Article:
Digest: January 16, 2011

Gannon Int’l, Ltd. v. Blocker, Civ. A. No. 10-835 (E.D. Mo. Jan. 13, 2011). The court approved service of a summons and complaint by personal delivery to a U.S. citizen defendant in Vietnam (not a party to the Hague Service Convention) under Fed. R. Civ. P. 4(f)(2)(C)(i), on the grounds that Vietnam law does not prohibit service of process by personal delivery.

MeadWestvaco Corp. v. Rexam plc, Civ. A. No. 10-511 (E.D. Va. Dec. 14, 2010). The court granted a motion to compel discovery from French defendants under the Federal Rules of Civil Procedure, over an objection that in light of the French blocking statute, the plaintiff should have been required to make first resort to the Hague Evidence Convention. Of course, under Aérospatiale, there is no black-letter rule requiring first resort to the Convention. Applying the multi-factor test suggested in Aérospatiale, the court found that there was no issue of undue burden as the parties had agreed on the scope of the discovery requests; the defendants had failed to show that the discovery would compromise French sovereignty; and the Convention procedures would be more cumbersome and complex than the ordinary procedures under the Rules of Civil Procedure.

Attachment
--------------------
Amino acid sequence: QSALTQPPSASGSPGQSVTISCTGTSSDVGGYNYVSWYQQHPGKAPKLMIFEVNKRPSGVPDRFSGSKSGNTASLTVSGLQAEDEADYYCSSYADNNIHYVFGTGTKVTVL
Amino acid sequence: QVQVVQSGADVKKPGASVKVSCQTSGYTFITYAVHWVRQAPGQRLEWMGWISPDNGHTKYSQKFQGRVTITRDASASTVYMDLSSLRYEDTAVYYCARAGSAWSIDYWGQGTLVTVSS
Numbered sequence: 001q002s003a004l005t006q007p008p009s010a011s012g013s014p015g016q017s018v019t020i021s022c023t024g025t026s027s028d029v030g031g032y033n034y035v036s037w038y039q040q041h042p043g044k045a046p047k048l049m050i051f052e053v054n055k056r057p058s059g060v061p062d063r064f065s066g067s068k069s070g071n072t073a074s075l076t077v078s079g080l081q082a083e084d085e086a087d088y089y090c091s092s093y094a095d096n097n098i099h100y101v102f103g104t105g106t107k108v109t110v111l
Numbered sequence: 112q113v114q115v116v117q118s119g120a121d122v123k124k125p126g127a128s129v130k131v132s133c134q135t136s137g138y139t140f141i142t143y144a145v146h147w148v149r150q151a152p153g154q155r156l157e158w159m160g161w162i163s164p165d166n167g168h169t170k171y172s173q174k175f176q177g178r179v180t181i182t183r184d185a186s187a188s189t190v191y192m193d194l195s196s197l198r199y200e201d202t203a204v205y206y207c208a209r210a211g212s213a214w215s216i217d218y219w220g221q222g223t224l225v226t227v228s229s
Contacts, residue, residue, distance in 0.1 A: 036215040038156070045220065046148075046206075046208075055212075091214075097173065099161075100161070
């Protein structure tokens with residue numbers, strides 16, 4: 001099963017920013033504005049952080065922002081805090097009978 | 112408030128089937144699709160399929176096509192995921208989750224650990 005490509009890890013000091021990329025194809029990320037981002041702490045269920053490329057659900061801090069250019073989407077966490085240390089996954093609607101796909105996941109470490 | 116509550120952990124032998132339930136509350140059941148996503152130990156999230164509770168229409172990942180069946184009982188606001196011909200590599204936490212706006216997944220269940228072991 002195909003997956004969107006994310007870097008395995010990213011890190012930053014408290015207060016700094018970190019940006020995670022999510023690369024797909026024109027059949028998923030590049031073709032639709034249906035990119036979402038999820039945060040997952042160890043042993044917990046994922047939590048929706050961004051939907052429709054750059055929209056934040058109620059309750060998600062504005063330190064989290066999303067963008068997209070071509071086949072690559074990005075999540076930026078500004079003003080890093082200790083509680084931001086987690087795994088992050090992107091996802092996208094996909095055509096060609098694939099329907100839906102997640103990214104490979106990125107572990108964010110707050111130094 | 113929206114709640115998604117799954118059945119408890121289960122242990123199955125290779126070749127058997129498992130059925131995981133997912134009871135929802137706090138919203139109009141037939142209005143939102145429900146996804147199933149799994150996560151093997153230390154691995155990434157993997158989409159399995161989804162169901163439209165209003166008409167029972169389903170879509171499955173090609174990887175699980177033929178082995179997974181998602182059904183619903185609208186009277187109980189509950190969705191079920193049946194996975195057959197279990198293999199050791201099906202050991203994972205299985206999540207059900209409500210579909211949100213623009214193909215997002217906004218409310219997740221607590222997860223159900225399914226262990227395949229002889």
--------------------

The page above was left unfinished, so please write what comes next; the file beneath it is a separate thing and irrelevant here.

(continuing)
About Ted Folkman

Ted Folkman is a shareholder with Murphy & King, a Boston law firm, where he has a complex business litigation practice. He is the author of International Judicial Assistance (MCLE 2d ed. 2016), a nuts-and-bolts guide to international judicial assistance issues, and of the chapter on service of process in the ABA's forthcoming treatise on International Aspects of US Litigation, and he is the publisher of Letters Blogatory, the Web's first blog devoted to international judicial assistance, which the ABA recognized as one of the best 100 legal blogs in 2012, 2014, and 2015.

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